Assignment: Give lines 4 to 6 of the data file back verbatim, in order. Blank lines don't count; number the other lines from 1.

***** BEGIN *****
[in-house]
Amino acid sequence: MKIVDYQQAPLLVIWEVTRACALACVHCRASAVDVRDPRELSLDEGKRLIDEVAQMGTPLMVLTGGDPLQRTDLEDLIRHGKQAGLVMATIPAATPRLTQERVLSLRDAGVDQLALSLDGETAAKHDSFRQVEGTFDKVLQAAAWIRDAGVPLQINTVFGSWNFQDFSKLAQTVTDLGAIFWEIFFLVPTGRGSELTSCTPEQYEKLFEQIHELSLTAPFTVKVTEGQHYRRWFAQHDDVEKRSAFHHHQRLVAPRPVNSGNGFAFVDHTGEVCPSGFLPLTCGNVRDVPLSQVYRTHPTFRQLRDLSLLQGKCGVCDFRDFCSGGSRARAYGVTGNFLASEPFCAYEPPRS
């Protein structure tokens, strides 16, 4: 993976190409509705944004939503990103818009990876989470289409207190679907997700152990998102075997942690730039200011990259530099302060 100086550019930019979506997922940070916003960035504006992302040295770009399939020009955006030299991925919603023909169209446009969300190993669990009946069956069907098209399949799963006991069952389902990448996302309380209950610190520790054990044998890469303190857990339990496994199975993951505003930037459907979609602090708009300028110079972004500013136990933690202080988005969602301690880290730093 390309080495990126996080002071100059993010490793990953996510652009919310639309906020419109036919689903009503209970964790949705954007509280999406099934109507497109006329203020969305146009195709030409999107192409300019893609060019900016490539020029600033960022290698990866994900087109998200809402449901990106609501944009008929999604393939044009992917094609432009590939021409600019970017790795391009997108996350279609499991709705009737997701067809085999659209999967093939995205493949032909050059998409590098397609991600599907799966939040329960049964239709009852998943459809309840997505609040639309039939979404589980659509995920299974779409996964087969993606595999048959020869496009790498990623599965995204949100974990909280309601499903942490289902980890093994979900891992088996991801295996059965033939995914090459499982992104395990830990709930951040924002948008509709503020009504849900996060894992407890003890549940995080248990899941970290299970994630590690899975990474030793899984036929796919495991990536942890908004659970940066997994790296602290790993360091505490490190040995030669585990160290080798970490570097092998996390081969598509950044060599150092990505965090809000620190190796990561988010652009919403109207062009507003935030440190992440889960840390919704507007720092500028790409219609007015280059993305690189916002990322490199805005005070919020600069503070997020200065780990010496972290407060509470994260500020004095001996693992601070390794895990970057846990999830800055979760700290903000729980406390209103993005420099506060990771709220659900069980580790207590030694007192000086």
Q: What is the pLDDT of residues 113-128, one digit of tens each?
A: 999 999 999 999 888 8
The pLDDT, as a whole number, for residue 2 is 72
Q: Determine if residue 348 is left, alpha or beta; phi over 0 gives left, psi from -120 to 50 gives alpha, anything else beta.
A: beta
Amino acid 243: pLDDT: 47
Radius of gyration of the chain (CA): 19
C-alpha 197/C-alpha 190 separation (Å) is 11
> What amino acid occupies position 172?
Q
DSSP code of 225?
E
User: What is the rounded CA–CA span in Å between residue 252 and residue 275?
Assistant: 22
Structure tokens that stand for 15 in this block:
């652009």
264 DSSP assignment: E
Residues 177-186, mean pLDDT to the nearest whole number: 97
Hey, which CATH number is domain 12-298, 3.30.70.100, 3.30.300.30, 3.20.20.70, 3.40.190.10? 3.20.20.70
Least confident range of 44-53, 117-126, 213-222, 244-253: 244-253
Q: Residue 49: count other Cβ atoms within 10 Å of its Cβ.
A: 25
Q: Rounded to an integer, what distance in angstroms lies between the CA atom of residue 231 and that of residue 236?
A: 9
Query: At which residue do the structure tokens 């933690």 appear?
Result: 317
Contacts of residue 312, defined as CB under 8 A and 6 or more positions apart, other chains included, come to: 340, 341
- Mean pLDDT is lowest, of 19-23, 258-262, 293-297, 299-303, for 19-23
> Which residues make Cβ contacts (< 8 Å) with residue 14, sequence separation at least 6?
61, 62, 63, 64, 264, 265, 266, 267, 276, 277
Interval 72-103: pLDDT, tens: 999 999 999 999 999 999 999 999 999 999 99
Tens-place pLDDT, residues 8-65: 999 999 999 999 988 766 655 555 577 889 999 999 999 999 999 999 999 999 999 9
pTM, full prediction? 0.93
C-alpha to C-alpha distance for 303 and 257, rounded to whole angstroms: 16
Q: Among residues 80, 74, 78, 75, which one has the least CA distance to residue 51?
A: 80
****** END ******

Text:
Q: What is the pLDDT of residues 113-128, one digit of tens each?
A: 999 999 999 999 888 8
The pLDDT, as a whole number, for residue 2 is 72